• Staffing and skills requirements.

This process map becomes quite complicated as all of the interactions multiply rapidly. But it is critical to being able to understand how a problem in one process can impact many other processes.

For each major process and interface identified above TBI, again with the help of the Client Business Unit Management, addresses the following:

  • Assessing the risks of a business interruption with each process and interface
  • Estimating the impact of the interruption on the process, Business Unit, other business units and the organization as a whole, (i.e. a high level quantification in dollars and/or service levels). Impact may change over time, moving from low to high depending upon the length of the disruption. Definitions of impact might be as follows:
    • A high impact would/prevent Client from achieving its mission, seriously interrupt operations and/or shut down the business.
    • A medium impact would make it difficult for Client to achieve its mission but still remain in business
    • A low impact would result in a tolerable degradation of service and would probably not be considered for a business continuity plan effort.
  • Identify the options for lessening the risk of a disruption in the first place
  • Identify the options for lessening the impact of a disruption once it occurs
  • Provide an estimate of the length of time to repair or replace the disrupted process/service
  • Identify secondary as well as primary back-up scenarios.

TBI develops a prioritized list of Client Business Processes using two different but interrelated views. First, TBI looks at the high-level dollar quantification of the impact and the time/cost to repair the disruption. This will provide a financial impact analysis.

The second view is to look at the processes along a continuum of how their loss would impact the Client’s ability to maintain services, again from marginal impact to critical impact. Direct financial losses are only part of the potential business interruption impact. Loss of business because the Client cannot deliver services will impact their ability to survive if, for example, there is significant negative publicity even without direct financial impact.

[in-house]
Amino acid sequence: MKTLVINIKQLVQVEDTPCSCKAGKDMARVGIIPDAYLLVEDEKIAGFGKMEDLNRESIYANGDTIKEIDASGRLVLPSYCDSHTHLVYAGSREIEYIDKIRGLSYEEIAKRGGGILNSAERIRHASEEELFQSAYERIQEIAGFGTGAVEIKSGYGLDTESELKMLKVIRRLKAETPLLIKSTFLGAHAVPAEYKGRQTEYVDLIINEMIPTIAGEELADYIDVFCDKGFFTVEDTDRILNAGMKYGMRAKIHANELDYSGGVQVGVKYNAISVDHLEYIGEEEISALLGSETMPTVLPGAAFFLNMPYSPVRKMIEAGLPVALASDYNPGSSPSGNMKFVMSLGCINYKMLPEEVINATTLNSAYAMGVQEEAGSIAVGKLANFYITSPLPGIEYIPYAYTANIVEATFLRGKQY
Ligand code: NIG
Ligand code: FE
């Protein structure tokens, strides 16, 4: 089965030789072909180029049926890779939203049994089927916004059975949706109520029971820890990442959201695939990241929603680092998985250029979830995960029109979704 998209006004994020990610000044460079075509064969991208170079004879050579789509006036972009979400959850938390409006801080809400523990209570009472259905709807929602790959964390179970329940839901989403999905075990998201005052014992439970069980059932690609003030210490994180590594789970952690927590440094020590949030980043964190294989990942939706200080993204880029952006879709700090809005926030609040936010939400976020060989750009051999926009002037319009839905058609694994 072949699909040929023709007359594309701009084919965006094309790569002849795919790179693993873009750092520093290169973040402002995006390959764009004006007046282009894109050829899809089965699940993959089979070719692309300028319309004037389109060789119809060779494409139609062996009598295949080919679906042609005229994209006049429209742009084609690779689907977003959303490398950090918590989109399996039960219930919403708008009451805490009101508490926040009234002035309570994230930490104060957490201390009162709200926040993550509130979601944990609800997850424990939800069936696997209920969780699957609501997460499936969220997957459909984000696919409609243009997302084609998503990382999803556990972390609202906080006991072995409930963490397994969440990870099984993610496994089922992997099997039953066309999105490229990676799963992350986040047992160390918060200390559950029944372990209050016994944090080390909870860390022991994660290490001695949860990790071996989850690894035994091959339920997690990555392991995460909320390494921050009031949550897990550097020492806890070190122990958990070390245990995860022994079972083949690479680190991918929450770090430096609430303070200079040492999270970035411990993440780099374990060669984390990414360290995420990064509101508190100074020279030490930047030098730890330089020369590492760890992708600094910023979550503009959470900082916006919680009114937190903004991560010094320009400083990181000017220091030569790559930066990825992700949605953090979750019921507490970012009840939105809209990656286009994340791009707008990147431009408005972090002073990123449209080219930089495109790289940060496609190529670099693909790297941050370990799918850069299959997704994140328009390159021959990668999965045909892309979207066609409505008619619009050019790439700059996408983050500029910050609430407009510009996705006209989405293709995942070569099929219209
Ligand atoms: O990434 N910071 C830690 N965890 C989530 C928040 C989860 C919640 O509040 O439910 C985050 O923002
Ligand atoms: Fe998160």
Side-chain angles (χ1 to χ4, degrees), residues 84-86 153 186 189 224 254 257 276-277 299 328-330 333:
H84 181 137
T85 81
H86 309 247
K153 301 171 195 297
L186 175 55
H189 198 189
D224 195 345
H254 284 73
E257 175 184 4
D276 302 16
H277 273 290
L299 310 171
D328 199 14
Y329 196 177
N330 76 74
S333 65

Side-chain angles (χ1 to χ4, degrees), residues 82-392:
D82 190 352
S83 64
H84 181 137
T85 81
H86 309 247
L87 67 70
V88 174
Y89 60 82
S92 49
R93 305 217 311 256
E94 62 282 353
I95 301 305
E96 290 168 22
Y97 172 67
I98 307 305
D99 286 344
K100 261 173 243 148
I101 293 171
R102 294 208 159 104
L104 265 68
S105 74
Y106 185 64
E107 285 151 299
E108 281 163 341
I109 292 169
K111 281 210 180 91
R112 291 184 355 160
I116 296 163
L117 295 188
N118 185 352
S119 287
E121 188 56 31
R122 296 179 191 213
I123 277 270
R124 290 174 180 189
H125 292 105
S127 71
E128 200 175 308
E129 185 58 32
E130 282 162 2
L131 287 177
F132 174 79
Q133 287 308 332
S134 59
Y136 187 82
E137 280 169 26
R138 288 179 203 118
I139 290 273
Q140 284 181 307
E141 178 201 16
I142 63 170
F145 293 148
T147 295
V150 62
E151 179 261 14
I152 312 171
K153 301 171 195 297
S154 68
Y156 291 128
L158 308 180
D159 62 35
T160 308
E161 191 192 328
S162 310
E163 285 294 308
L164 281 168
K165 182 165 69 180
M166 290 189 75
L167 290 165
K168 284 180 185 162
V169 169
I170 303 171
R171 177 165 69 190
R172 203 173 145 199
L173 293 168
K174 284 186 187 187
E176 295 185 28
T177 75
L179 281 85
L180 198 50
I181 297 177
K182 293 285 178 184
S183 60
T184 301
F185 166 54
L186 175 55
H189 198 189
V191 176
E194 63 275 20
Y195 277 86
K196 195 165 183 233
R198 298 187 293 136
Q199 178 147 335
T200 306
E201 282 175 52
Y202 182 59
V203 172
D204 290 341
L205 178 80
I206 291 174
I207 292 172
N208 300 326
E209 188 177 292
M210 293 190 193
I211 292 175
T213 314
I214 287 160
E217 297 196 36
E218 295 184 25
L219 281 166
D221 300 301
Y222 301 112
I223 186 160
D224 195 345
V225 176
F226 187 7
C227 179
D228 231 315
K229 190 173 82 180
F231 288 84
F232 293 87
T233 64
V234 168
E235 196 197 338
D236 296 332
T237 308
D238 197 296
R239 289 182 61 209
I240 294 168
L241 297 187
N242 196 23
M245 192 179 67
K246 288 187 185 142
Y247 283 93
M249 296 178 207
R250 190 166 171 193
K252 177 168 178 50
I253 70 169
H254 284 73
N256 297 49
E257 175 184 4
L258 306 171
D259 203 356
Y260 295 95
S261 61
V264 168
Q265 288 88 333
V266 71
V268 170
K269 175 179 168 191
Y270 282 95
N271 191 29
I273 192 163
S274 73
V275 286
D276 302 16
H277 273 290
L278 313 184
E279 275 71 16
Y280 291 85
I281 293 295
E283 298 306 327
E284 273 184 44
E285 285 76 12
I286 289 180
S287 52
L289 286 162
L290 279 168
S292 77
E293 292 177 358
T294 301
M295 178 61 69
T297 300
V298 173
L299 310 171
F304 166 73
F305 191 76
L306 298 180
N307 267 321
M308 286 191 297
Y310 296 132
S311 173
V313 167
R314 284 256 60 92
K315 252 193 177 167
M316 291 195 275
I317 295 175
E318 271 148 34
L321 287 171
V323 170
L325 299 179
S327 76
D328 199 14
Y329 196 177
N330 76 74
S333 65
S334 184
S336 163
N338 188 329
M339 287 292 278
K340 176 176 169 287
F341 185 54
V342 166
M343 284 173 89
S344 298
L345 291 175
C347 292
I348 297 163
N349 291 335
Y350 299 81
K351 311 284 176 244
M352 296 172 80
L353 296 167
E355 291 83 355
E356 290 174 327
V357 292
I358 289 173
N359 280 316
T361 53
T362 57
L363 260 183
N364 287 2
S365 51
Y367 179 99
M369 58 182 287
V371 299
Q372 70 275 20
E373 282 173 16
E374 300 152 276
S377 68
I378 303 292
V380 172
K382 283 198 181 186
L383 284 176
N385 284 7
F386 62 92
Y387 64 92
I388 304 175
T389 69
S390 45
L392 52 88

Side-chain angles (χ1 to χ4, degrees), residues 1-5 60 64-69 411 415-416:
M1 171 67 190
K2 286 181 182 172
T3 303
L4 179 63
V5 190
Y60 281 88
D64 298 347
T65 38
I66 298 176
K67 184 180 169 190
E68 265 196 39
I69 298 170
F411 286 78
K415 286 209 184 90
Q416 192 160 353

The results of this second view will be blended with those of the first to develop a “risk-prioritized” list of the business processes following the matrix structure in Exhibit 2 below.

Exhibit 2 – Impact/Cost of Continuity Matrix

Business Continuity Plan Development Phase
Based on the findings and conclusions from the Business Impact Analysis Phase, continuity processes must be developed that are reasonable and cost effective. Client management must decide on the level of redundancy necessary to insure that a major business process can be fully functional in a disaster.
Levels of redundancy can be broken down as follows:

  • Full Redundancy – primarily for mission critical processes that Client must have operational to maintain service levels and eliminate potential harmful situations.
  • Partial redundancy – for Client processes that must be operational, but their absence would not present a dangerous or harmful scenario.
  • No Redundancy – for Client processes where it is neither feasible nor practical to implement a business resumption strategy.

After gaining agreement with the appropriate Client Business Unit management, TBI develops a Business Continuity Plan for each Business Unit. The content of each BCP will be cross-referenced with other Business Unit BCP’s and checked for conformity to Client risk management standards. The Business Unit BCP’s are then rolled up into an enterprise BCP.
Each enterprise BCP will include, at a minimum, the elements shown in Exhibit 3.
Testing & Implementation Phase

The appropriate Client Business Unit Manager reviews each BCP with TBI. A test plan is then developed for each Business Unit. Individual BCP’s will be fine-tuned based on actual test experiences and results. Testing should be an ongoing process and therefore needs to be integrated with other day to day tasks. If testing and updating the plan are separates tasks, they will often be ignored in light of day to day work requirements.

The test plan includes:

  • A formal “walk through” with BCP team members
  • A “dress rehearsal” for selected team members
  • A live test
  • Revisions to plan based on test results
  • Date of the next test.
Share Button